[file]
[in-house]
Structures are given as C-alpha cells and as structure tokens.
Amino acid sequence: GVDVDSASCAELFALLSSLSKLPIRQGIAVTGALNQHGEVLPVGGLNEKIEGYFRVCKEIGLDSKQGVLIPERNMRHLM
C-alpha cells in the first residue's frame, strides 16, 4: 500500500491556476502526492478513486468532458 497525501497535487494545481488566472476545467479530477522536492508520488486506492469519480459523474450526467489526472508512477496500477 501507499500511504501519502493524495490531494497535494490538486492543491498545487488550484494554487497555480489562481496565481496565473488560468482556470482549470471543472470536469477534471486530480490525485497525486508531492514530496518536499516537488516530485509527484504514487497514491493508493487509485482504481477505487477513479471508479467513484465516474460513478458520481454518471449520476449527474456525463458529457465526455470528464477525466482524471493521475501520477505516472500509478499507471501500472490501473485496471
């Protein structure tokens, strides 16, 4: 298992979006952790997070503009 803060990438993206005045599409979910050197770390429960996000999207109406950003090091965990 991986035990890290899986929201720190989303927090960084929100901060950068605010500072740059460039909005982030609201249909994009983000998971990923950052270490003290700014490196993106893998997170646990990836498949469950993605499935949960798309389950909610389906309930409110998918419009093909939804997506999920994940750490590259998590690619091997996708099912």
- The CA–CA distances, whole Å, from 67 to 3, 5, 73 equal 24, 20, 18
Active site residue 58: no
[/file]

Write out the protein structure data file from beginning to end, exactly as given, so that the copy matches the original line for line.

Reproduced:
[in-house]
Structures are given as C-alpha cells and as structure tokens.
Amino acid sequence: GVDVDSASCAELFALLSSLSKLPIRQGIAVTGALNQHGEVLPVGGLNEKIEGYFRVCKEIGLDSKQGVLIPERNMRHLM
C-alpha cells in the first residue's frame, strides 16, 4: 500500500491556476502526492478513486468532458 497525501497535487494545481488566472476545467479530477522536492508520488486506492469519480459523474450526467489526472508512477496500477 501507499500511504501519502493524495490531494497535494490538486492543491498545487488550484494554487497555480489562481496565481496565473488560468482556470482549470471543472470536469477534471486530480490525485497525486508531492514530496518536499516537488516530485509527484504514487497514491493508493487509485482504481477505487477513479471508479467513484465516474460513478458520481454518471449520476449527474456525463458529457465526455470528464477525466482524471493521475501520477505516472500509478499507471501500472490501473485496471
């Protein structure tokens, strides 16, 4: 298992979006952790997070503009 803060990438993206005045599409979910050197770390429960996000999207109406950003090091965990 991986035990890290899986929201720190989303927090960084929100901060950068605010500072740059460039909005982030609201249909994009983000998971990923950052270490003290700014490196993106893998997170646990990836498949469950993605499935949960798309389950909610389906309930409110998918419009093909939804997506999920994940750490590259998590690619091997996708099912």
- The CA–CA distances, whole Å, from 67 to 3, 5, 73 equal 24, 20, 18
Active site residue 58: no